From a living legend--James D. Watson, who shared the Nobel Prize for having revealed the structure of DNA--a personal account of the making of a scientist. In Avoid Boring People, the man who discovered "the secret of life" shares the less revolutionary secrets he has found to getting along and getting ahead in a competitive world. Recounting the years of his own formation--from his father's birding lessons to the political cat's cradle of professorship at Harvard--Watson illuminates the progress of an exemplary scientific life, both his own pursuit of knowledge and how he learns to nurture fledgling scientists. Each phase of his experience yields a wealth of age-specific practical advice. For instance, when young, never be the brightest person in the room or bring more than one date on a ski trip; later in life, always accept with grace when your request for funding is denied, and--for goodness' sake--don't dye your hair. There are precepts that few others would find occasion to heed (expect to gain weight after you win your Nobel Prize, as everyone will invite you to dinner) and many more with broader application (do not succumb to the seductions of golf if you intend to stay young professionally). And whatever the season or the occasion: avoid boring people. A true believer in the intellectual promise of youth, Watson offers specific pointers to beginning scientists about choosing the projects that will shape their careers, the supreme importance of collegiality, and dealing with competitors within the same institution, even one who is a former mentor. Finally he addresses himself to the role and needs of science at large universities in the context of discussing the unceremonious departure of Harvard's president Larry Summers and the search for his successor. Scorning political correctness, this irreverent romp through Watson's life and learning is an indispensable guide to anyone plotting a career in science (or most anything else), a primer addressed both to the next generation and those who are entrusted with their minds.
One of the discoverers of the double-helix shape of DNA marks the 50th anniversary of the event by tracing how the field of genetics has evolved from there to the mapping of the human genome. He writes for general readers who need not have knowledge about biology. Annotation ©2004 Book News, Inc. , Portland, OR (booknews. com)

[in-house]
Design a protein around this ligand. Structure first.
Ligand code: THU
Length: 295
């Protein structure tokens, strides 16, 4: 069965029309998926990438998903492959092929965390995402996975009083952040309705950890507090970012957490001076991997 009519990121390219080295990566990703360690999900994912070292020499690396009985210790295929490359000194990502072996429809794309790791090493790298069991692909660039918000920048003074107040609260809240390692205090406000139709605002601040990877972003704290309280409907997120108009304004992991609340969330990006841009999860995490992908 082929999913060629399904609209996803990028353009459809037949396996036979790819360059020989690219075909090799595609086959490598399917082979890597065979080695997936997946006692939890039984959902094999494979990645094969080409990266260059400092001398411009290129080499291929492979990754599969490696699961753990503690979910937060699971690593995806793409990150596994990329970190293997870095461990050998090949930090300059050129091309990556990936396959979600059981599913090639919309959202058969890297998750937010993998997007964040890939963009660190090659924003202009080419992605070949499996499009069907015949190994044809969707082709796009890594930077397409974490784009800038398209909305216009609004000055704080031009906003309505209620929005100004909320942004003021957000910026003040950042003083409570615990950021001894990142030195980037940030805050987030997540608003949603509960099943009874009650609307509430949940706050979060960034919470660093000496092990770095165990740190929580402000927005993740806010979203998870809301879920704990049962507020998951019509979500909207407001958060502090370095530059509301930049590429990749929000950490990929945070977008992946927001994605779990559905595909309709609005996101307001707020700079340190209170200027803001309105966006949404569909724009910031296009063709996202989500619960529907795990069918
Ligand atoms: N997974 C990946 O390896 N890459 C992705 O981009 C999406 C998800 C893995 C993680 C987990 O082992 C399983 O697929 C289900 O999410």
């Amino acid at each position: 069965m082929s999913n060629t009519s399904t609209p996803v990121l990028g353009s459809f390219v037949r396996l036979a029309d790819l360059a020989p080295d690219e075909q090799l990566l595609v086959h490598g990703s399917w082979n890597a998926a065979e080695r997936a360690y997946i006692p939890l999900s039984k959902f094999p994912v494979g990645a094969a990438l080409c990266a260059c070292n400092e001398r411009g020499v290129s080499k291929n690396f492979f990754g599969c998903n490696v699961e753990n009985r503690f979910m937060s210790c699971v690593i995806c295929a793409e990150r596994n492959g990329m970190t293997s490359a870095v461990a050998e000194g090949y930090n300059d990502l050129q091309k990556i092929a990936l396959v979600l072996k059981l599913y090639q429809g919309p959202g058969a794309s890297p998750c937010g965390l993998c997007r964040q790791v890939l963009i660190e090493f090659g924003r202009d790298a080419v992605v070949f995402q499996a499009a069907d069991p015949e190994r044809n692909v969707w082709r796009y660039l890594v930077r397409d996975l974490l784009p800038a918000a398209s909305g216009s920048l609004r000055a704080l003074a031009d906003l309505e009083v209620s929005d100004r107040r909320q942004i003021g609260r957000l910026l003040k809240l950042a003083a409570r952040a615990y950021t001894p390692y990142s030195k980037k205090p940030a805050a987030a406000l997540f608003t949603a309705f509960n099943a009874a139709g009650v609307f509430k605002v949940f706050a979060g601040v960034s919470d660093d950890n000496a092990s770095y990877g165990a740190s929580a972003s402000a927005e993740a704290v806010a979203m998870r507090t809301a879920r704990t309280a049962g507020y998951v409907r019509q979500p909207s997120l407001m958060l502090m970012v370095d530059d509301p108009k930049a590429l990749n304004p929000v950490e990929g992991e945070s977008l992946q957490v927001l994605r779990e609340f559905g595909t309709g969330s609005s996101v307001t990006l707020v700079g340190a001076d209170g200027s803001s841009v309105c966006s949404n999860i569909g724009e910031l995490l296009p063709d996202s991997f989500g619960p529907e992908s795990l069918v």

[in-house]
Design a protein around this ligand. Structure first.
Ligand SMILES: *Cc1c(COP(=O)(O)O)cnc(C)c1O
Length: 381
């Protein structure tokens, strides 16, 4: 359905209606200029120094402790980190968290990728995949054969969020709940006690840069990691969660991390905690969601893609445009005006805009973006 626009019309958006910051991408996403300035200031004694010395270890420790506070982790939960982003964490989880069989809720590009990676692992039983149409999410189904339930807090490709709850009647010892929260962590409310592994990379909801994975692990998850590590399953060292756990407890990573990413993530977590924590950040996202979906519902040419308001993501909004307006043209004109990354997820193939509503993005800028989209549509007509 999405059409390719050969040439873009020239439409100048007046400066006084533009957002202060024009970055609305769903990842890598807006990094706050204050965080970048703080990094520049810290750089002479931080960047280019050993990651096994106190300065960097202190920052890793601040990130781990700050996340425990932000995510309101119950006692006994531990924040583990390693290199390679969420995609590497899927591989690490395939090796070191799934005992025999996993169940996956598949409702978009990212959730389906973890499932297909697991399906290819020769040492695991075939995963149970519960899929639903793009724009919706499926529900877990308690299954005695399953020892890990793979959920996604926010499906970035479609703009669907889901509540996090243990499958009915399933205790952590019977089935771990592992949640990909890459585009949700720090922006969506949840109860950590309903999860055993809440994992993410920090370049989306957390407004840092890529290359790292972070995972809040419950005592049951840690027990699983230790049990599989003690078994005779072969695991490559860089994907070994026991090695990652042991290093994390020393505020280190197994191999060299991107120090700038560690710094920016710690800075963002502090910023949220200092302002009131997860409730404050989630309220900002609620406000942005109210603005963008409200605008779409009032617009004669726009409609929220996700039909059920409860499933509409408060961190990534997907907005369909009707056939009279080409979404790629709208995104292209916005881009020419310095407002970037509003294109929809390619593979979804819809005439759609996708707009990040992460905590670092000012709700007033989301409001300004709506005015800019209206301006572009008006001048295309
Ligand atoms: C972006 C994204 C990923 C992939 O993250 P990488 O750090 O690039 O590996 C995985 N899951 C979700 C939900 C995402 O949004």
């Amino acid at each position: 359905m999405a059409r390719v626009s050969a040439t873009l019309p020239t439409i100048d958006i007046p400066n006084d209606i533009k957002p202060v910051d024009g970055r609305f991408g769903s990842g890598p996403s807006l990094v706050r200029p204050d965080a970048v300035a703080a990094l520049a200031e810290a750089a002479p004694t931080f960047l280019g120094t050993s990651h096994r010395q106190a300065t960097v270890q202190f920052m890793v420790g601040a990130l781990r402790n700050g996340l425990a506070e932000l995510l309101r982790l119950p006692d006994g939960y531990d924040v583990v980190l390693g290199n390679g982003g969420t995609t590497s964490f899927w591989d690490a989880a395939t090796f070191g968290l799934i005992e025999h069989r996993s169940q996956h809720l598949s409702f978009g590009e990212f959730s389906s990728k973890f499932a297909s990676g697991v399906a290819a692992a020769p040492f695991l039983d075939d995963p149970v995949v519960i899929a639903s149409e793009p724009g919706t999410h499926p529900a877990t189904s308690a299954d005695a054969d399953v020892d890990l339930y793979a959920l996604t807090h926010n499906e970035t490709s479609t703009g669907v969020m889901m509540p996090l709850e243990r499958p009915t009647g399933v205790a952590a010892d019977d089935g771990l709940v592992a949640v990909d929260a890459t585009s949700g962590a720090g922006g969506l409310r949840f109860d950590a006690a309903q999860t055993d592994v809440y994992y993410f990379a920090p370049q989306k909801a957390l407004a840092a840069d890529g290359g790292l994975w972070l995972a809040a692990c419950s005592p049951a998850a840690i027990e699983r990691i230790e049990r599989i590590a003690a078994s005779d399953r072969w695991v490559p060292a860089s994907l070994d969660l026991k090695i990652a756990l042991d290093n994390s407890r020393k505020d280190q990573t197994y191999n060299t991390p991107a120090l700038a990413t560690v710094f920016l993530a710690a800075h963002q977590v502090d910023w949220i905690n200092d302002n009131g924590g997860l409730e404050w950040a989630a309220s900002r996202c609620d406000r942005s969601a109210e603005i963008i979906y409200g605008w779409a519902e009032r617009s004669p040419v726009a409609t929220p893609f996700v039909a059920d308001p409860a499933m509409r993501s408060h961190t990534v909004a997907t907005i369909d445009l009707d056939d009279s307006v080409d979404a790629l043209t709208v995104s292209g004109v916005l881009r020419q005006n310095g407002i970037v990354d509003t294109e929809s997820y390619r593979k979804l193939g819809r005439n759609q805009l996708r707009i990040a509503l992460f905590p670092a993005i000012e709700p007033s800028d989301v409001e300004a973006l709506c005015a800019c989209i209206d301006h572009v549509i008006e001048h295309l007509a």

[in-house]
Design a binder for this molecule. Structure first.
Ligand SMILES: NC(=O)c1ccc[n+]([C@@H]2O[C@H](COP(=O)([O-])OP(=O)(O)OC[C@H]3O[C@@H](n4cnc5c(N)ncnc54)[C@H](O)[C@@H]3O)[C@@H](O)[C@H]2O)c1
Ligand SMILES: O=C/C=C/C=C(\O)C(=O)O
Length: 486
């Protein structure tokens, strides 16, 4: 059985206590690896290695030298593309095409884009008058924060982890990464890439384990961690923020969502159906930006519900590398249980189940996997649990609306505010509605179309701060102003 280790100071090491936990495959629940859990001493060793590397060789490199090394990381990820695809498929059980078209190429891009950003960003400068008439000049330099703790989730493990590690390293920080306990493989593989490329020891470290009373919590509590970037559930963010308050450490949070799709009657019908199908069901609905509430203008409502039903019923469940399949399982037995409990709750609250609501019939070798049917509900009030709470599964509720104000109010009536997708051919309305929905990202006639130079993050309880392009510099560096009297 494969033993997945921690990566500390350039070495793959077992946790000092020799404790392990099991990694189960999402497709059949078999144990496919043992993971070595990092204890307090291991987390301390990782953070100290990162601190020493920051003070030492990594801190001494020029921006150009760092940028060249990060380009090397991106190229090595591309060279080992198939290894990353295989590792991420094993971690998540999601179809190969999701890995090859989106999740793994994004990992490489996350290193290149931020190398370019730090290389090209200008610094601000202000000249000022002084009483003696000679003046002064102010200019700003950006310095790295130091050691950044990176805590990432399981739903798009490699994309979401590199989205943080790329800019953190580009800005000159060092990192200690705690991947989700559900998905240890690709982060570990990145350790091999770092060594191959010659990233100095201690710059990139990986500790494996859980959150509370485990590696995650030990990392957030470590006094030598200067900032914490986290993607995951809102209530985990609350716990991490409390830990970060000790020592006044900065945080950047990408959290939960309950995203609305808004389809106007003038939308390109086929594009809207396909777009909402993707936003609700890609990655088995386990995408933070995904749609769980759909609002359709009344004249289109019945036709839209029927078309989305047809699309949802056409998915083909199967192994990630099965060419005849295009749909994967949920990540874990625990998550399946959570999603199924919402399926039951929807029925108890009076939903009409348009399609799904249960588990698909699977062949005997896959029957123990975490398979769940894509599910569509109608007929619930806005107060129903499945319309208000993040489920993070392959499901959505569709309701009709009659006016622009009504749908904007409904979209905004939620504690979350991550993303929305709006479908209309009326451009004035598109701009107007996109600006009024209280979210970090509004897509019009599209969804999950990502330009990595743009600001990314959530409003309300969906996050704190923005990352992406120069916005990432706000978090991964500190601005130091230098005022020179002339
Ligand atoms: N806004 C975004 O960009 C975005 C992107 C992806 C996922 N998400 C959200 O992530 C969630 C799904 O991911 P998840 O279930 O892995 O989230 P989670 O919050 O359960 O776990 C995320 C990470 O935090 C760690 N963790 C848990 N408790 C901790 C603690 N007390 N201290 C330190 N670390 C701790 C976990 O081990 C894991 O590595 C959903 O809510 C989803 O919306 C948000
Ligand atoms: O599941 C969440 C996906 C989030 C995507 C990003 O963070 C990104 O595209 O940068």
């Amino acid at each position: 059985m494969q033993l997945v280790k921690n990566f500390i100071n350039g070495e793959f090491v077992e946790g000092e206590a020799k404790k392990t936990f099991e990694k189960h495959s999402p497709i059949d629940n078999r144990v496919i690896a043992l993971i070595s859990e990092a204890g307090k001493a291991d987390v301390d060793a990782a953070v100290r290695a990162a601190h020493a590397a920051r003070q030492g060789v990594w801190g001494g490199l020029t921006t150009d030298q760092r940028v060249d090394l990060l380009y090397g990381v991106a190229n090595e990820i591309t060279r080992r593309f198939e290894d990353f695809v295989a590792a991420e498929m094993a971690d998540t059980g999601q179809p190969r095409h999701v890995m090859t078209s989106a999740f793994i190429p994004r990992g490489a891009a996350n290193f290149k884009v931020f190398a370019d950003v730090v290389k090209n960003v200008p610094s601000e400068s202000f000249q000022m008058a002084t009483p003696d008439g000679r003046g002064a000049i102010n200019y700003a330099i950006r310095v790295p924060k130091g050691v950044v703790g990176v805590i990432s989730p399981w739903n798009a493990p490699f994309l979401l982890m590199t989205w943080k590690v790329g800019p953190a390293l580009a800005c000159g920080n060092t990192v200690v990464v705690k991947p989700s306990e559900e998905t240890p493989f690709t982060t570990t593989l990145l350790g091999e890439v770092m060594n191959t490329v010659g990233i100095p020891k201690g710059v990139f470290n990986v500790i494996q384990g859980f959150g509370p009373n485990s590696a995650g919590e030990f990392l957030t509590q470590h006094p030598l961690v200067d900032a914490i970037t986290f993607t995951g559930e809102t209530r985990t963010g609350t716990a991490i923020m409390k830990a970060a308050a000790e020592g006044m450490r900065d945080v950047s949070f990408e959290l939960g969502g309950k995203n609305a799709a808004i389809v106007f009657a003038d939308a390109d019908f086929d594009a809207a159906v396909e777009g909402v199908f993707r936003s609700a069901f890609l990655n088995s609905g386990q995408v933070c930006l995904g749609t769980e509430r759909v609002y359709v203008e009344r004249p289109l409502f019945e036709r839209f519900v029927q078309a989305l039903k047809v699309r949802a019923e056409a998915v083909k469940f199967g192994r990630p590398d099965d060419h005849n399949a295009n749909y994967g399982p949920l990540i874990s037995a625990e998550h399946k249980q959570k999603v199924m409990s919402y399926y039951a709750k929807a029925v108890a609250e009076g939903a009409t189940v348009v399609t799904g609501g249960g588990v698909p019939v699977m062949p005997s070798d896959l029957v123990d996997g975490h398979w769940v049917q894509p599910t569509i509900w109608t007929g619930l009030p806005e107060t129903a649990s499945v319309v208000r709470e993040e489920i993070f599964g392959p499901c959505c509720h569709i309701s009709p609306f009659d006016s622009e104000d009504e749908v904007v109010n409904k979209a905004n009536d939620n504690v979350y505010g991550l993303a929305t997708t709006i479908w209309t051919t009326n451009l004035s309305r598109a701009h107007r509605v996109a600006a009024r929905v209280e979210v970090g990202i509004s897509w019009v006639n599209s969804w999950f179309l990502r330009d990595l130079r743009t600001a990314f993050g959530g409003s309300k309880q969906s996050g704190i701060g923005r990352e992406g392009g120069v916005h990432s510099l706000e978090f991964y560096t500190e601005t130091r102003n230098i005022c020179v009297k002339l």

By identifying the structure of DNA, the molecule of life, Francis Crick and James Watson revolutionized biochemistry and won themselves a Nobel Prize. At the time, Watson was only twenty-four, a young scientist hungry to make his mark. His uncompromisingly honest account of the heady days of their thrilling sprint against other world-class researchers to solve one of science's greatest mysteries gives a dazzlingly clear picture of a world of brilliant scientists with great gifts, very human ambitions, and bitter rivalries. With humility unspoiled by false modesty, Watson relates his and Crick's desperate efforts to beat Linus Pauling to the Holy Grail of life sciences, the identification of the basic building block of life. Never has a scientist been so truthful in capturing in words the flavor of his work.capturing in words the flavor of his work.
In the years following his and Francis Crick's towering discovery of DNA, James Watson was obsessed with finding two things: RNA and a wife. Genes, Girls, and Gamow is the marvelous chronicle of those pursuits. Watson effortlessly glides between his heartbreaking and sometimes hilarious debacles in the field of love and his heady inquiries in the field of science. He also reflects with touching candor on some of science's other titans, from fellow Nobelists Linus Pauling and the incorrigible Richard Feynman to Russian physicist George Gamow, who loved whiskey, limericks, and card tricks as much as he did molecules and genes. What emerges is a refreshingly human portrait of a group of geniuses and a candid, often surprising account of how science is done.From the Trade Paperback edition.